How progressives can pressure Trump on 3 key issues – Paul Osterman

MIT Sloan Prof. Paul Osterman

MIT Sloan Prof. Paul Osterman

From CNBC

There is little doubt that the Trump Administration aims to undermine, defund, and repeal much of the progressive agenda. However, progressives have one crucial move they can play to avoid four years of devastating policymaking: using Trump’s own voters against him.

Donald Trump’s Electoral College victory was in no small part due to the support of voters who suffered immensely during the Great Recession and who have still not recovered. Two thirds of all voters thought that their personal financial situation was the same or worse than four years ago and in Wisconsin, where Trump achieved an unexpected victory, the majority of voters believed that the economy was the top issue, despite official indicators of an improving job market.

Trump now faces a paradox. Many of the core elements of his agenda—loosening financial regulation, gutting health care reform, bashing immigrants, attacking unions, undermining the Fair Labor Standards Act—will actually damage the struggling workers and families he pledged to protect. Many of these people voted for Trump in hopes he’d fulfill that promise –even as his policies would do the opposite. So while the Trump Administration may be driven by its ideology to follow through on these proposals, its ultimate success depends on support from voters who would suffer under them.

Read More »

The best retailers combine bricks and clicks — Richard Schmalensee

MIT Sloan Professor Richard Schmalensee

MIT Sloan Professor Richard Schmalensee

From Harvard Business Review

Retail profits are plummeting. Stores are closing. Malls are emptying. The depressing stories just keep coming. Reading the Macy’s, Nordstrom, and Target earnings announcements is about as uplifting as a tour of an intensive care unit. The Internet is apparently taking down yet another industry. Brick and mortar stores seem to be going the way of the yellow pages. Sure enough, the Census Bureau just released data showing that online retail sales surged 15.2 percent between the first quarter of 2015 and the first quarter of 2016.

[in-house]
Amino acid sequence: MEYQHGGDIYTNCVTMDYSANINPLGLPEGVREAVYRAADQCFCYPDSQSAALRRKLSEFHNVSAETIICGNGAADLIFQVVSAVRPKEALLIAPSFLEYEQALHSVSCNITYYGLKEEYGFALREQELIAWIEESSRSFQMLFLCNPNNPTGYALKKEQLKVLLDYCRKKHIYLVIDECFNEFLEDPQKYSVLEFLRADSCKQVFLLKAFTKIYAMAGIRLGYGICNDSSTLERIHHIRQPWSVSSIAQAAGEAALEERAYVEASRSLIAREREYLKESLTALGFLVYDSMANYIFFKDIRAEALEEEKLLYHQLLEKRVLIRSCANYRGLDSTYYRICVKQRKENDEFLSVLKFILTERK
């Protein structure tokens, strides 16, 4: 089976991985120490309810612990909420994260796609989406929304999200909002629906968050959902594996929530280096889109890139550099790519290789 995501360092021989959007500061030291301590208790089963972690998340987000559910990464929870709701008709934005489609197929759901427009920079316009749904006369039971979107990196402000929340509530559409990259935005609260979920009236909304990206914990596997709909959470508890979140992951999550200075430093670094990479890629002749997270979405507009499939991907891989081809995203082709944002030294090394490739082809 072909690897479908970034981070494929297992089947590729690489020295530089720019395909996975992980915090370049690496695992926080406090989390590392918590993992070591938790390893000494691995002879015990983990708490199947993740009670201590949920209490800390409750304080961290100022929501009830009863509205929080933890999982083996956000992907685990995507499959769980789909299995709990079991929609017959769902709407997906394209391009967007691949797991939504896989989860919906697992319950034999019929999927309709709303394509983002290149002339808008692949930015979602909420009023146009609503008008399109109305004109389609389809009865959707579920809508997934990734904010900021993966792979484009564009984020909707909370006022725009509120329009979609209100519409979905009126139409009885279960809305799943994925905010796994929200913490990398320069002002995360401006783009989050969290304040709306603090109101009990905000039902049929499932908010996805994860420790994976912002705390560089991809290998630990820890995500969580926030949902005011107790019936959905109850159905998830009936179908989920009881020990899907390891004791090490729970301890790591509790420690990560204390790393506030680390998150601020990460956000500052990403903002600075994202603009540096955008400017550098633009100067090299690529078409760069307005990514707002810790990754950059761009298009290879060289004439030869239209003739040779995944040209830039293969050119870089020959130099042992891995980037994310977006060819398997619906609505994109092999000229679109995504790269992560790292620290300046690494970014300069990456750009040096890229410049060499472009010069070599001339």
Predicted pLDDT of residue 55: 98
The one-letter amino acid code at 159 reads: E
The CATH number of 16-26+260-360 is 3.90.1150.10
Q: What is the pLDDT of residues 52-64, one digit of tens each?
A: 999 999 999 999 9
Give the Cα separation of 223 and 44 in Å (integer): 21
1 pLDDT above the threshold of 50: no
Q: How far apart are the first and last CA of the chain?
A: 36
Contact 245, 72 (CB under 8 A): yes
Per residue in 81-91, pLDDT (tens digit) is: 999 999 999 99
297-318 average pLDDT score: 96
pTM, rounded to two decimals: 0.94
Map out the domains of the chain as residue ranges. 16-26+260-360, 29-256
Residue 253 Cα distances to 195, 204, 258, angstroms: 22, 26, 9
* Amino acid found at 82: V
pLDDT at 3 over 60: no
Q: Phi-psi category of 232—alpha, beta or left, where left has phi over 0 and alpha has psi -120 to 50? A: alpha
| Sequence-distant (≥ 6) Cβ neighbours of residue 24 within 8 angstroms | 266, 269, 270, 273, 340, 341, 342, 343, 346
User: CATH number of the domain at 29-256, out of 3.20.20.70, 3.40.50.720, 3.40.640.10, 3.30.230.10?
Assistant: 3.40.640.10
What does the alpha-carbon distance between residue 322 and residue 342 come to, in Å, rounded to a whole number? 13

But before you dump all of your retail stocks, there are more facts you should consider. Looking only at that 15.2 percent “surge” would be misleading. It was an increase was on a small base of 6.9 percent. Even when a tiny number grows by a large percentage terms, it is often still tiny.

More than 20 years after the internet was opened to commerce, the Census Bureau tells us that brick and mortar sales accounted for 92.3 percent of retail sales in the first quarter of 2016. Their data show that only 0.8 percent of retail sales shifted from offline to online between the beginning of 2015 and 2016.

So, despite all the talk about drone deliveries to your doorstep, all the retail execs expressing angst over consumers going online, and even a Presidential candidate exclaiming that Amazon has a “huge antitrust problem,” the Census data suggest that physical retail is thriving. Of course, the shuttered stores, depressed execs, and tanking stocks suggest otherwise. What’s the real story?

Read More »

The store as a showroom: having your cake and eating it too – Elaine Chen

MIT Sloan Senior Lecturer Elaine Chen